Statement in Support of Black Lives Matter
The Seeing Through Racism (STR) group supports the Black Lives Matter movement and countless others who relentlessly protest racial injustice and raise awareness of the suffering caused by structural racism. Structural racism is racism that is embedded in our country’s social, political, criminal justice, land ownership, and economic structures—and in our individual and collective psyches. We are inspired by the recent groundswell of anti-racist activism and, thanks to Zoom, the ability of out-of-town Sangha members to participate in STR.
We also support the work of the Zen Center’s leadership in inviting Sangha member and organizational consultant, Dr. Sonia James-Wilson, to facilitate the development of an anti-racist action plan at the institutional level. We recognize that our Zen center has a more than 50-year history of being a nearly 100% white organization, and that not everyone in our Sangha is fully aware of how pervasive the culture of whiteness is, which includes white privilege (the unacknowledged advantages of being white). We need to own up to the storehouse consciousness of white conditioning that exists within our Zen center, within American Zen Buddhism, and throughout our country.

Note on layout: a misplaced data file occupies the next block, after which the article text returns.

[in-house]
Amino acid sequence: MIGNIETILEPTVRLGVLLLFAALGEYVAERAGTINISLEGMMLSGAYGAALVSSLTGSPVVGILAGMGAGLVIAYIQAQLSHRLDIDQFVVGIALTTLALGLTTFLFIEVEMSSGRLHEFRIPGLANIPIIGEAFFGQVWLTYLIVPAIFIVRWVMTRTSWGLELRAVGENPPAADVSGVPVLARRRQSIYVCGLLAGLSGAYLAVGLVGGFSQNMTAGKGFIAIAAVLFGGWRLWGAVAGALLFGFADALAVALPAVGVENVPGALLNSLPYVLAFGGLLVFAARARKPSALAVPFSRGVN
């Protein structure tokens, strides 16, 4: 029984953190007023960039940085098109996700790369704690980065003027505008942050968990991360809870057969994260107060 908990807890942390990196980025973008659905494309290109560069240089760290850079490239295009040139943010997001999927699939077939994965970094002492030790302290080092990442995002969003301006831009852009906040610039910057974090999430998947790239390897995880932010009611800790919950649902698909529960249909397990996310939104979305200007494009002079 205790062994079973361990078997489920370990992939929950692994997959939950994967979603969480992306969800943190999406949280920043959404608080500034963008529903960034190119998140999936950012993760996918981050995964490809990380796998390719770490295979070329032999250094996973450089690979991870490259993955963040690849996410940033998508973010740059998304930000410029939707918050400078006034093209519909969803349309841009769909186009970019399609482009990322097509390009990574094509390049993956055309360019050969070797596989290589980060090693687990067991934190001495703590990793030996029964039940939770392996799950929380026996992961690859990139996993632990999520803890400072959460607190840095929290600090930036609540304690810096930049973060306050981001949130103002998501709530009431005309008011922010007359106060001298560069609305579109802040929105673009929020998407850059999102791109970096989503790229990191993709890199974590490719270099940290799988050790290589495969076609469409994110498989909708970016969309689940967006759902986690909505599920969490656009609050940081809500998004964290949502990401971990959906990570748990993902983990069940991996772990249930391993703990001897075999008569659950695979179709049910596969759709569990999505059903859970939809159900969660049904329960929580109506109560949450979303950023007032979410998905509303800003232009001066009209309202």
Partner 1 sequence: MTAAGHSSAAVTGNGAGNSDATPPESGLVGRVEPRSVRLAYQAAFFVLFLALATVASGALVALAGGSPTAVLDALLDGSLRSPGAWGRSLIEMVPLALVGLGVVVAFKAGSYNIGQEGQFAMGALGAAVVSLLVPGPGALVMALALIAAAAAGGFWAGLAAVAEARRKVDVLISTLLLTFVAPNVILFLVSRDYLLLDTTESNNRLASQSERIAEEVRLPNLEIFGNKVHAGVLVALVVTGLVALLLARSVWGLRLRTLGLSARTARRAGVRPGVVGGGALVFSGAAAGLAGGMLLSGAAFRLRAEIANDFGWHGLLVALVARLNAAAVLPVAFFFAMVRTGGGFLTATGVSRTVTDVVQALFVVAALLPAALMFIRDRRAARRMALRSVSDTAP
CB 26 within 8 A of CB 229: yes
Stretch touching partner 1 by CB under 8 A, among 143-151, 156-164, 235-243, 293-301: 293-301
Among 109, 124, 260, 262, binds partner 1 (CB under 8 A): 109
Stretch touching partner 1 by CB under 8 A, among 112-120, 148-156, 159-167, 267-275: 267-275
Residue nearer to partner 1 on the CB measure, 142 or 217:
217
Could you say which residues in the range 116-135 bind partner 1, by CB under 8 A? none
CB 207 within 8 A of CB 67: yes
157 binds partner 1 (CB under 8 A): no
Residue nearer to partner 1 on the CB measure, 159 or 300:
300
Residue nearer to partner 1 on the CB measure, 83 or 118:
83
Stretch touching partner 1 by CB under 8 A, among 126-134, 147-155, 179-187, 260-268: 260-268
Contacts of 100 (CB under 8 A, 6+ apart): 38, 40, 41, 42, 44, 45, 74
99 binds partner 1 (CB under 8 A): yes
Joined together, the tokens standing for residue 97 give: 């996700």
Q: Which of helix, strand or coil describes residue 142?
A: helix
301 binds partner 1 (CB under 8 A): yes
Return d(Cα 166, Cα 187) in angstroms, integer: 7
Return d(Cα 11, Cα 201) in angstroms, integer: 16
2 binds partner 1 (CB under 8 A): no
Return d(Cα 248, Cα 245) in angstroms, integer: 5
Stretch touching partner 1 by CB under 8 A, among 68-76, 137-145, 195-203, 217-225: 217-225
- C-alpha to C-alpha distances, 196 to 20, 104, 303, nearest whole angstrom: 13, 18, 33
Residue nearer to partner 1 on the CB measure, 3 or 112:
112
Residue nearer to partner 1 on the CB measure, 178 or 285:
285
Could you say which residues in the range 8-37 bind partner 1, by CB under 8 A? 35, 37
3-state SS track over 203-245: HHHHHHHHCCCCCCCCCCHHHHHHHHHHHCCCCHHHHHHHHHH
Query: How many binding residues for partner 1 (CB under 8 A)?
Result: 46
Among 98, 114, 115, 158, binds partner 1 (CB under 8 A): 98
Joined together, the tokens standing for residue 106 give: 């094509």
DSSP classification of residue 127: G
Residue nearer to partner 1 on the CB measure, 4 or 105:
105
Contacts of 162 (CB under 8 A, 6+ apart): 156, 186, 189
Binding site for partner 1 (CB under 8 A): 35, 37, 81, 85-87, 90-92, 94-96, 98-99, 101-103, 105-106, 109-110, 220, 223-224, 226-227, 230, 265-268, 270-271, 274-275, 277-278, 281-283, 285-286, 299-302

Working together, we have the potential to do better, and we hope that you will join us.
In recent weeks, we’ve created new ways for the Sangha to come together, to educate ourselves, and to become more skillfully supportive and responsible:
- Monthly STR meetings on Zoom, which all are welcome to attend.
- A series of Zoom discussions on Ruth King’s book, Mindful of Race: Transforming Racism from the Inside Out.
We’re also in the process of creating an anti-racist resource webpage with books, films, and other media recommended by fellow Sangha members. In addition, we’re exploring a Term Intensive approach for Sangha members to engage in individual anti-racist education and action, while benefiting from the mutual support and inspiration of others.
Stay tuned to these developments, and let us know if you have any suggestions.
Please contact James Thompson (585-703-7739), Martha Howden (585-733-2382), or Dené Redding (firstname.lastname@example.org).